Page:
Just weeks before the Minnesota State Fair returns, Minnesota United celebrated its biggest move into the international transfer market yet by handing a select number of fans teenage Uruguayan midfielder Thomas Chacon on a stick when his signing was announced at halftime of a U.S. Open Cup game against Portland.
Chacon’s photo was fastened on one side of the stick, and his accomplishments before he turns 19 next week were listed on the other.
The multiyear, multimillion transfer from his Danubio club surpasses $3 million for a prospect who became the franchise’s first Young Designated Player.
United management has followed his development the past two years, watching him turn into an attacking midfielder who already has played two seasons in Uruguay’s rugged first division. He also has played for his national team at every level, including in the under-20 World Cup.
“To sign a young player who can come in and grow into what he is and into who we are is very exciting,” United Sporting Director Manny Lagos said.
According to MLS rules and Chacon’s “young” designation, only $150,000 of Chacon’s salary counts toward the team’s salary cap because he is under 20. It increases some if he’s still a Loon when he’s 21.
The club welcomed Chacon’s signing with a highlight video on its big scoreboard above the standing-only Wonderwall during halftime of Wednesday’s game against Portland.
It showed an energetic 5-5 teenager with speed and a shifty change of direction whose stature Lagos said is a benefit, not a detriment.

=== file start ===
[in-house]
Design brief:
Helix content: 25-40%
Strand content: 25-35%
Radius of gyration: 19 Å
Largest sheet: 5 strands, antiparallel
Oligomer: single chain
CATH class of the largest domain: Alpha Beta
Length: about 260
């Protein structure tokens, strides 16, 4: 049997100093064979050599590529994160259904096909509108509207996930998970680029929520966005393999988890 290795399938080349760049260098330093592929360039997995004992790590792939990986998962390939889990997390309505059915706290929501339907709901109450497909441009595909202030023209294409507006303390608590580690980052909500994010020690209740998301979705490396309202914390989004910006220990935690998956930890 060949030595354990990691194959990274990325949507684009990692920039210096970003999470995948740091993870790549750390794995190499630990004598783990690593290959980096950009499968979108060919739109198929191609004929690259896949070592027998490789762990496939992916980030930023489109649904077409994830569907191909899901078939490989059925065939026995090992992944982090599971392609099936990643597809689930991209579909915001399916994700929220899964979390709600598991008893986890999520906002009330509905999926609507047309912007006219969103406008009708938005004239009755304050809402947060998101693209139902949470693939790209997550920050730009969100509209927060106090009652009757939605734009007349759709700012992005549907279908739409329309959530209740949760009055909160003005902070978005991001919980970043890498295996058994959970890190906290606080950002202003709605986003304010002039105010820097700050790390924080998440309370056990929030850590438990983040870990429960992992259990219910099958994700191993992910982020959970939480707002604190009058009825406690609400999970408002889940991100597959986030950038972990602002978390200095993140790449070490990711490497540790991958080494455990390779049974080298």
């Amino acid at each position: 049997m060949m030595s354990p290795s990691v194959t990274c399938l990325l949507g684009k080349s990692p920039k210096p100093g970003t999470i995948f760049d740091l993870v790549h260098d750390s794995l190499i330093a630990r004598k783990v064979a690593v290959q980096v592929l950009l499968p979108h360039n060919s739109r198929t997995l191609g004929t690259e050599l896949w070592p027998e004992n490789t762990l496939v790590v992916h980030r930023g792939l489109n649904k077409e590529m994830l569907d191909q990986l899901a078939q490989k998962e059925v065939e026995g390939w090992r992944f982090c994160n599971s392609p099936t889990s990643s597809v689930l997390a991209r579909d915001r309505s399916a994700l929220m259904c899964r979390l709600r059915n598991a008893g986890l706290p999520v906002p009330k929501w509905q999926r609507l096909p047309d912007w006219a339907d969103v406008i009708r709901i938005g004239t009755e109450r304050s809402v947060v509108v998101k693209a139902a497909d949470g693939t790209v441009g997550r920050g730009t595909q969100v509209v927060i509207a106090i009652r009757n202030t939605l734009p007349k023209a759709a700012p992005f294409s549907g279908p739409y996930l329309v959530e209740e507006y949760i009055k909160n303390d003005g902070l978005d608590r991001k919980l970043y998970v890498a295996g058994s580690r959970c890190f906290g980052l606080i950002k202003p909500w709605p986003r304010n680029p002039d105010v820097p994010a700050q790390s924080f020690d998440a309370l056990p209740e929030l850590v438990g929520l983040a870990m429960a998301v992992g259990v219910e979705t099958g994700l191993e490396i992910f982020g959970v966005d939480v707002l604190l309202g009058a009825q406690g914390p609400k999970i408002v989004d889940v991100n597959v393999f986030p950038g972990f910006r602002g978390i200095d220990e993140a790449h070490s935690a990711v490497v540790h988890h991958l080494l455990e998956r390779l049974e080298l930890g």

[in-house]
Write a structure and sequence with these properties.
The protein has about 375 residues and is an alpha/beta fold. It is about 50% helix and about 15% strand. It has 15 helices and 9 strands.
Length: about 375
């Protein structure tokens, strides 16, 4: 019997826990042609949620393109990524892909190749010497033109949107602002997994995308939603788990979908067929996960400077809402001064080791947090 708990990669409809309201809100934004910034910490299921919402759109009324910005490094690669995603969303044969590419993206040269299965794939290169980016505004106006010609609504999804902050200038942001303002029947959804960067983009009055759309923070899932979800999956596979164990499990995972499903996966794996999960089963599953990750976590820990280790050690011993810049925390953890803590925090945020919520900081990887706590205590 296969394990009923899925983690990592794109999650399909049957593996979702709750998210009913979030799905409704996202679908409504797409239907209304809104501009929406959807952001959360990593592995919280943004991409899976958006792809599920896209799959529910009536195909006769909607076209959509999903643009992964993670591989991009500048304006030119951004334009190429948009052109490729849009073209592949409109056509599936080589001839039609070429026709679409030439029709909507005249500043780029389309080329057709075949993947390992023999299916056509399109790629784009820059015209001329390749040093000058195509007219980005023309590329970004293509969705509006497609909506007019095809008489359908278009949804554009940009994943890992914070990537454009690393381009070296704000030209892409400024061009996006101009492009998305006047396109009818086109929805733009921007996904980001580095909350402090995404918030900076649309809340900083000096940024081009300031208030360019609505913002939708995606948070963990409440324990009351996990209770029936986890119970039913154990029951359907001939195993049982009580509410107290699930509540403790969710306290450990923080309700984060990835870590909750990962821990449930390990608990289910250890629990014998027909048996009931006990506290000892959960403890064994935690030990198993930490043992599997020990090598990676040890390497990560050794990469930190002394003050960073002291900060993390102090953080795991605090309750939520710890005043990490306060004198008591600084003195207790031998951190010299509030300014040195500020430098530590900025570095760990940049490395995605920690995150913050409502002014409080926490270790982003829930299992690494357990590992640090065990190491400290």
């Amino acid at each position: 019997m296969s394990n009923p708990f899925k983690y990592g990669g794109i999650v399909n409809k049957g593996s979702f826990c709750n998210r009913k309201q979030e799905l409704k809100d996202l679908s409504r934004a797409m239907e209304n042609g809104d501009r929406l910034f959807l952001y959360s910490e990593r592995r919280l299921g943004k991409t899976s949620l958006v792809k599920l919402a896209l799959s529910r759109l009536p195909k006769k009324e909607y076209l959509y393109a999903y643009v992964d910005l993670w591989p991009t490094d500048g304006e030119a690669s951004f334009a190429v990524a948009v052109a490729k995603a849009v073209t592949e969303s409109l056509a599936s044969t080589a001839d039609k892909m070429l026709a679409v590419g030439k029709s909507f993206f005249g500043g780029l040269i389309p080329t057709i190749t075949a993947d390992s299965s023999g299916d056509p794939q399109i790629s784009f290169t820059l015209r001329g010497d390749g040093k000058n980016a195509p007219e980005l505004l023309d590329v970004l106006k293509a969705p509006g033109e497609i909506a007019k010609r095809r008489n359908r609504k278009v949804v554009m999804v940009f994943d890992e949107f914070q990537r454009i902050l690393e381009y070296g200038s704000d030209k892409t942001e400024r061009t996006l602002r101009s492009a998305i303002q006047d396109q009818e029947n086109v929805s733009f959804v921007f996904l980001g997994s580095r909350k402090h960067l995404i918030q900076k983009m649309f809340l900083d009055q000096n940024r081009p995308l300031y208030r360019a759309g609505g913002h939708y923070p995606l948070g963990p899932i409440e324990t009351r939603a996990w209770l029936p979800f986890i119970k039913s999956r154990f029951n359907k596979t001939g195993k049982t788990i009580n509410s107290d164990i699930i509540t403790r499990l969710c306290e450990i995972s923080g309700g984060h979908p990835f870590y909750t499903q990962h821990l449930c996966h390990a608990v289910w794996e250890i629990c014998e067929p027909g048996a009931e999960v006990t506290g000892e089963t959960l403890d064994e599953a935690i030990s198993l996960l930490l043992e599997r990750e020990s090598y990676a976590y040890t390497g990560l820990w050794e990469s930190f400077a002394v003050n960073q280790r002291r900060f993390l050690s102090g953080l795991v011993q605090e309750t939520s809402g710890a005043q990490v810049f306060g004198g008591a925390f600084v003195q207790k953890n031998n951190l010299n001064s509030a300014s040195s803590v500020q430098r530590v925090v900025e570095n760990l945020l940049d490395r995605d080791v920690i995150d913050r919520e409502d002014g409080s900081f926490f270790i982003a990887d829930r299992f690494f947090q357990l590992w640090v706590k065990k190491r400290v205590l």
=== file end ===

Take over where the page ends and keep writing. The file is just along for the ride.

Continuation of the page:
“He’s lively, he’s quick,” Lagos said. “He’s not that tall, so he uses that to his advantage. He’s quick in the turn. He wants to go at guys. He wants the fight. He wants to bring energy. He wants to keep pressing the game.”
Lagos views Chacon not necessarily as a young player who can arrive and develop behind 31-year-old star Darwin Quintero at his same midfield spot, but rather a talent who can play three positions up front.
Asked if Chacon in time will become the kind of attacking, playmaking “No. 10” position midfielder all teams seek, Lagos said, “It’s a funny thing what the number 10 in soccer is these days. I think that’s a question that’s going to evolve depending where the No. 10 plays. Is it wide? Is it central? Is it a speedy player? Is it a position with skill and touch?
“For us, what he evolves into is, he’s very dangerous at any of the front three positions. He’s a modern-day soccer player.”
To make roster room for him, United on Monday traded $50,000 in allocation money to D.C. United for an international-roster spot the Loons needed to create for Chacon. The team also bought down striker Angelo Rodriguez’s contract so it could shift his designated player title to Chacon’s young designated player.